Pending FEMALE INFANTICIDE WHICH IS RAMPANT IN SOME PARTS OF INDIA AND CHINA RESEARCH METHODOLOGY & FUNDAMENTALS OF MARKET RESEARCH – MMS 1 (2011-12) NAME: SUBHASHISH CHAKRABORTY ROLL NO: 653 In third world countries such as India infanticide of females is common. There have been laws outlawing both infanticide and determining the sex of babies if it is not medically necessary, however it still continues.
The killing of female babies has led to many ethical and social issues. Infanticide has also lead to an imbalance in the ratio of men to woman in India. For every 100 males born there are 105 females born however, most females are killed within 3 days after their birth making the new ratio 93 females for every 100 males. Even though laws and programs have been established to decrease the number of female infanticide it still continues. In India in 1994 determining the sex of foetuses was outlawed if it wasn’t deemed medically necessary. However, ultrasounds are still used to determine the sex of a baby illegally.
Couples and doctors alike make excuses and come up with cover stories to justify an ultrasound. Even though ultrasounds are used to save lives of babies in India they are more known to kill babies. At home tests that tell parents the gender of their baby are sold online from a site that is based in the United States. The tests cost $25 and can detect the sex of a fetus as early as five weeks into a pregnancy. If a couple knows the sex of the baby prenatally and are not happy with sex they often resort to abortions or other methods of infanticide.
In India abortions are considered a business which is low in risk and high in profit. In India a woman can get an abortion for about 1,500 rupee and even though abortions are illegal doctors still perform them daily. Summary: The phenomenon of female infanticide is as old as many cultures, and has likely accounted for millions of gender-selective deaths throughout history. It remains a critical concern in a number of “Third World” countries today, notably the two most populous countries on earth, China and India.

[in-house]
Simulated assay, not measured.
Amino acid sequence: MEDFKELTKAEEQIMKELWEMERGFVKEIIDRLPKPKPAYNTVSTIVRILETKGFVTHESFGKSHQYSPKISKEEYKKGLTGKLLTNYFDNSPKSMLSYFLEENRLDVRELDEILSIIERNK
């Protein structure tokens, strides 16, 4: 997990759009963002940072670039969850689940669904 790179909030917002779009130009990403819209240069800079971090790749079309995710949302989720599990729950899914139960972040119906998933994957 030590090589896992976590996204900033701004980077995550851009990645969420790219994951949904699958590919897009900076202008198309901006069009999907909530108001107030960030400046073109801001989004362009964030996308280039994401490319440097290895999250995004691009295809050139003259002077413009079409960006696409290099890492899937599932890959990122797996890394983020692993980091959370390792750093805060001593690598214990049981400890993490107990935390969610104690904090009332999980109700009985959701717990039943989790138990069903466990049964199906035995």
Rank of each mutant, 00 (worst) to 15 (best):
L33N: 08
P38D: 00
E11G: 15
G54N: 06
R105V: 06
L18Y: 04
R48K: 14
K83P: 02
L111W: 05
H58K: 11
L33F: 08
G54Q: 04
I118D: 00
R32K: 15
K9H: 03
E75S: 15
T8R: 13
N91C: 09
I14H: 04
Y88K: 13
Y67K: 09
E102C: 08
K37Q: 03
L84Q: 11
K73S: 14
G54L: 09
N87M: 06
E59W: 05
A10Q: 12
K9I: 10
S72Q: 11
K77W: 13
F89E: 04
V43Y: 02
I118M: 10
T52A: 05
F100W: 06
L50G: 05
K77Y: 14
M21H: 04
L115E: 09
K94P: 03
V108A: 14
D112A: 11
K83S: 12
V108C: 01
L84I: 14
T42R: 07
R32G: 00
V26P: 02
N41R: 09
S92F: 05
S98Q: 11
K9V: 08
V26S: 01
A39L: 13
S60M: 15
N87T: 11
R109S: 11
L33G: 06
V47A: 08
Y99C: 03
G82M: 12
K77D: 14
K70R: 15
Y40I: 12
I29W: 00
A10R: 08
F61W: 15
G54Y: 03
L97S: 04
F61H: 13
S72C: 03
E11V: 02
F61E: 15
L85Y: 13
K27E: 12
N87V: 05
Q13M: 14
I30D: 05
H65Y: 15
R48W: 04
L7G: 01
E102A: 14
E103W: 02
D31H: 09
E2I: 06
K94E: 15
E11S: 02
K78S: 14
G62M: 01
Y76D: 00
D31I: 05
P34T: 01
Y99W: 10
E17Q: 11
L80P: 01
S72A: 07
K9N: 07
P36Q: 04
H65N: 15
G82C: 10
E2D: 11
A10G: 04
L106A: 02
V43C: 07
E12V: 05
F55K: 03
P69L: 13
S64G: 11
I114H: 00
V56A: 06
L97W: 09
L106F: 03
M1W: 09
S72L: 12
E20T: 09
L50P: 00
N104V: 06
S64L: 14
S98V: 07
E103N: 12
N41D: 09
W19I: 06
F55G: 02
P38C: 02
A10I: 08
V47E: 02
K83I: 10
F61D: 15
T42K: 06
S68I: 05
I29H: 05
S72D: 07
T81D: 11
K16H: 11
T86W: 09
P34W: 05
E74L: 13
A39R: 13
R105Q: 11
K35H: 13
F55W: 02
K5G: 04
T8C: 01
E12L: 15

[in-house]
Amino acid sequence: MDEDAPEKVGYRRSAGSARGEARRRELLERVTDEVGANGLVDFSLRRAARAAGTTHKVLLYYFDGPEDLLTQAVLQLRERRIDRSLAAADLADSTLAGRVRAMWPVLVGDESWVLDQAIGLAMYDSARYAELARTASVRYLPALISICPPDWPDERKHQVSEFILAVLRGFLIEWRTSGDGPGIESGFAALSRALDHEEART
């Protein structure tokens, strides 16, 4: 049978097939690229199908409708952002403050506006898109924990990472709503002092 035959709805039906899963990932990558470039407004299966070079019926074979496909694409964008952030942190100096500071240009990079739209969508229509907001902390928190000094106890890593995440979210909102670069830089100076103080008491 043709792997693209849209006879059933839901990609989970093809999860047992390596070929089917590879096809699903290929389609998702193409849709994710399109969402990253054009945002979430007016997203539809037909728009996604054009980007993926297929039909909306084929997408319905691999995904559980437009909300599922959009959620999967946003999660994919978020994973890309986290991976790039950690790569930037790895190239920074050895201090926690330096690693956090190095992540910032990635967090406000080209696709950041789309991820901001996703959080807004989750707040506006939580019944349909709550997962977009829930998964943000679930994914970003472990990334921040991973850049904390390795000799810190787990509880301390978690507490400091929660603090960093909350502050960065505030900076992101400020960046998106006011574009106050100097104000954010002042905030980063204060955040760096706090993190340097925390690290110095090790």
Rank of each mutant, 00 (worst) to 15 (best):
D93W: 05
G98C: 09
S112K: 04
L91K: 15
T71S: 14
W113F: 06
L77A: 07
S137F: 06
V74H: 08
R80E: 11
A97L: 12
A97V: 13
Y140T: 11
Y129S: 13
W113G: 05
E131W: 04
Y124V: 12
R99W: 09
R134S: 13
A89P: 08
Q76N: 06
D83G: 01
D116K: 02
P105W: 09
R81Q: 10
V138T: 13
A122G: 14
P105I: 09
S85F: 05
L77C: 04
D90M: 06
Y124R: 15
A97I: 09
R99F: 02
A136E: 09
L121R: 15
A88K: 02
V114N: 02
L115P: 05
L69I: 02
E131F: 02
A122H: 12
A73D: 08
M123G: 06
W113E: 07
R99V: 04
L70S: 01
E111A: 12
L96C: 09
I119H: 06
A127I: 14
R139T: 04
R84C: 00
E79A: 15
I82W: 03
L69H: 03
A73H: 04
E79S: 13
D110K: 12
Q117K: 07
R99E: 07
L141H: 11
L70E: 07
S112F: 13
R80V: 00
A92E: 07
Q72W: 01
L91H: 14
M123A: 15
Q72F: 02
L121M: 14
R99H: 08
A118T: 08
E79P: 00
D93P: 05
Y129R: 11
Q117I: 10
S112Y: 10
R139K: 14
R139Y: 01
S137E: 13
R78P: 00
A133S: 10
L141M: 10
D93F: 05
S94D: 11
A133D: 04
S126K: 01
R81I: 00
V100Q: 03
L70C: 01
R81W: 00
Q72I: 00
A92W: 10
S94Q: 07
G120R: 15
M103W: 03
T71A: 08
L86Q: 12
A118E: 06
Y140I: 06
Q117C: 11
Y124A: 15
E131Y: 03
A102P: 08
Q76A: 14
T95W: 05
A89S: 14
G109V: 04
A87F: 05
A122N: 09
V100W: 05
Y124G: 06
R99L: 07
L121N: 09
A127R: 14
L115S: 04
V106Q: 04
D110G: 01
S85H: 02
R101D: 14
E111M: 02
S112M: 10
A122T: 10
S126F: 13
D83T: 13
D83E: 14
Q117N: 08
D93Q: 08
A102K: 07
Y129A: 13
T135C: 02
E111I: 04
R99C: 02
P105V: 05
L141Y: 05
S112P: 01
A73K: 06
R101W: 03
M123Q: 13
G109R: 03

In all cases, specifically female infanticide reflects the low status accorded to women in most parts of the world; it is arguably the most brutal and destructive manifestation of the antifemale bias that pervades “patriarchal” societies. It is closely linked to the phenomena of sex-selective abortion, which targets female fetuses almost exclusively, and neglect of girl children. “Female infanticide is the intentional killing of baby girls due to the preference for male babies and from the low value associated with the birth of females. ” (Marina Porras, “Female Infanticide and Foeticide”. It should be seen as a subset of the broader phenomenon of infanticide, which has also targeted the physically or mentally handicapped, and infant males (alongside infant females or, occasionally, on a gender-selective basis). Focus (1): India As John-Thor Dahlburg points out, “in rural India, the centuries-old practice of female infanticide can still be considered a wise course of action. ” (Dahlburg, “Where killing baby girls ‘is no big sin’,” The Los Angeles Times [in The Toronto Star, February 28, 1994. ]) According to census statistics, “From 972 females for every 1,000 males in 1901 … he gender imbalance has tilted to 929 females per 1,000 males. … In the nearly 300 poor hamlets of the Usilampatti area of Tamil Nadu [state], as many as 196 girls died under suspicious circumstances [in 1993]. The bias against females in India is related to the fact that “Sons are called upon to provide the income; they are the ones who do most of the work in the fields. In this way sons are looked to as a type of insurance. With this perspective, it becomes clearer that the high value given to males decreases the value given to females. ” (Marina Porras, “Female Infanticide and Foeticide”. The problem is also intimately tied to the institution of dowry, in which the family of a prospective bride must pay enormous sums of money to the family in which the woman will live after marriage. Though formally outlawed, the institution is still pervasive. “The combination of dowry and wedding expenses usually add up to more than a million rupees ([US] $35,000). In India the average civil servant earns about 100,000 rupees ($3,500) a year. Given these figures combined with the low status of women, the reason becomes all the more severe that the poorer Indian families would want only male children. (Porras, “Female Infanticide and Foeticide”). Dahlburg notes that “In Jaipur, capital of the western state of Rajasthan, prenatal sex determination tests result in an estimated 3,500 abortions of female fetuses annually,” according to a medical-college study. (Dahlburg, “Where killing baby girls ‘is no big sin’. “) Most strikingly, according to UNICEF, “A report from Bombay in 1984 on abortions after prenatal sex determination stated that 7,999 out of 8,000 of the aborted fetuses were females.